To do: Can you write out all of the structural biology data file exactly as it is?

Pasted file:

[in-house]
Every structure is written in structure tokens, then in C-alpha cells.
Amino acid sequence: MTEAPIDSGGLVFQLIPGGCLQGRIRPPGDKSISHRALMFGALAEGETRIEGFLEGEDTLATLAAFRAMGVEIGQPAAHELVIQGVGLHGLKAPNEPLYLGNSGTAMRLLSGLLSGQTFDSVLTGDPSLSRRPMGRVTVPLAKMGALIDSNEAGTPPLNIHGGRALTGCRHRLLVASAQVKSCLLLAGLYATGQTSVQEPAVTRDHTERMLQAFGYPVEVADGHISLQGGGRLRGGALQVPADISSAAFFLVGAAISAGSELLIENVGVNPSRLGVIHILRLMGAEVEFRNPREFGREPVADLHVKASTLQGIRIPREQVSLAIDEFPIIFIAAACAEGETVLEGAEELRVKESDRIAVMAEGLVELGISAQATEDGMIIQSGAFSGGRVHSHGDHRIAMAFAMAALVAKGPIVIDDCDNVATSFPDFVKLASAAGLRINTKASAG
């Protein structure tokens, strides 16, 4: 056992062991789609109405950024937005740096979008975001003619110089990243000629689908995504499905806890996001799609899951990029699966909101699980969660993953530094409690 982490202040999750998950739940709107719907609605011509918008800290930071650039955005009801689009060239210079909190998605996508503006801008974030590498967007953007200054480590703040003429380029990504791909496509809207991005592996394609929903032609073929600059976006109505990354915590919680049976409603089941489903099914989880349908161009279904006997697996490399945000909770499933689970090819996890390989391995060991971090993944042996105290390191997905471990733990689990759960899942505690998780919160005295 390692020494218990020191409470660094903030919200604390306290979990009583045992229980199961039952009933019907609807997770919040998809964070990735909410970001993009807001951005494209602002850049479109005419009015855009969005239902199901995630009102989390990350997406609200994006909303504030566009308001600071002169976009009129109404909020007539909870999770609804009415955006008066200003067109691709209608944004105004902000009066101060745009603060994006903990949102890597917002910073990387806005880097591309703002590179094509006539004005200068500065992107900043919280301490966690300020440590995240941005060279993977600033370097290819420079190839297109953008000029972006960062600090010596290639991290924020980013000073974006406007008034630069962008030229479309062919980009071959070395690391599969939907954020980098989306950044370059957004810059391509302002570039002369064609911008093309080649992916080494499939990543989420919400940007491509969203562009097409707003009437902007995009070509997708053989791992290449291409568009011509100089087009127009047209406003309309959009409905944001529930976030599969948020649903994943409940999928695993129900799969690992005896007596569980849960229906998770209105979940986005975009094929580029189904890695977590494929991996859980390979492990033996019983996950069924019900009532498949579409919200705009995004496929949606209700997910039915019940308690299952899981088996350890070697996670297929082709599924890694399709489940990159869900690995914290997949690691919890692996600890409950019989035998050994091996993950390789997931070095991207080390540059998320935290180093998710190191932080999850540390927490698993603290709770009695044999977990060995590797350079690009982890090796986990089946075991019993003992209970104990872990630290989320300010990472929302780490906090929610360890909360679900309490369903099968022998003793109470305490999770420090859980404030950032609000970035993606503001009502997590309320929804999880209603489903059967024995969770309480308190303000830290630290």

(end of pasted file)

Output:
[in-house]
Every structure is written in structure tokens, then in C-alpha cells.
Amino acid sequence: MTEAPIDSGGLVFQLIPGGCLQGRIRPPGDKSISHRALMFGALAEGETRIEGFLEGEDTLATLAAFRAMGVEIGQPAAHELVIQGVGLHGLKAPNEPLYLGNSGTAMRLLSGLLSGQTFDSVLTGDPSLSRRPMGRVTVPLAKMGALIDSNEAGTPPLNIHGGRALTGCRHRLLVASAQVKSCLLLAGLYATGQTSVQEPAVTRDHTERMLQAFGYPVEVADGHISLQGGGRLRGGALQVPADISSAAFFLVGAAISAGSELLIENVGVNPSRLGVIHILRLMGAEVEFRNPREFGREPVADLHVKASTLQGIRIPREQVSLAIDEFPIIFIAAACAEGETVLEGAEELRVKESDRIAVMAEGLVELGISAQATEDGMIIQSGAFSGGRVHSHGDHRIAMAFAMAALVAKGPIVIDDCDNVATSFPDFVKLASAAGLRINTKASAG
């Protein structure tokens, strides 16, 4: 056992062991789609109405950024937005740096979008975001003619110089990243000629689908995504499905806890996001799609899951990029699966909101699980969660993953530094409690 982490202040999750998950739940709107719907609605011509918008800290930071650039955005009801689009060239210079909190998605996508503006801008974030590498967007953007200054480590703040003429380029990504791909496509809207991005592996394609929903032609073929600059976006109505990354915590919680049976409603089941489903099914989880349908161009279904006997697996490399945000909770499933689970090819996890390989391995060991971090993944042996105290390191997905471990733990689990759960899942505690998780919160005295 390692020494218990020191409470660094903030919200604390306290979990009583045992229980199961039952009933019907609807997770919040998809964070990735909410970001993009807001951005494209602002850049479109005419009015855009969005239902199901995630009102989390990350997406609200994006909303504030566009308001600071002169976009009129109404909020007539909870999770609804009415955006008066200003067109691709209608944004105004902000009066101060745009603060994006903990949102890597917002910073990387806005880097591309703002590179094509006539004005200068500065992107900043919280301490966690300020440590995240941005060279993977600033370097290819420079190839297109953008000029972006960062600090010596290639991290924020980013000073974006406007008034630069962008030229479309062919980009071959070395690391599969939907954020980098989306950044370059957004810059391509302002570039002369064609911008093309080649992916080494499939990543989420919400940007491509969203562009097409707003009437902007995009070509997708053989791992290449291409568009011509100089087009127009047209406003309309959009409905944001529930976030599969948020649903994943409940999928695993129900799969690992005896007596569980849960229906998770209105979940986005975009094929580029189904890695977590494929991996859980390979492990033996019983996950069924019900009532498949579409919200705009995004496929949606209700997910039915019940308690299952899981088996350890070697996670297929082709599924890694399709489940990159869900690995914290997949690691919890692996600890409950019989035998050994091996993950390789997931070095991207080390540059998320935290180093998710190191932080999850540390927490698993603290709770009695044999977990060995590797350079690009982890090796986990089946075991019993003992209970104990872990630290989320300010990472929302780490906090929610360890909360679900309490369903099968022998003793109470305490999770420090859980404030950032609000970035993606503001009502997590309320929804999880209603489903059967024995969770309480308190303000830290630290």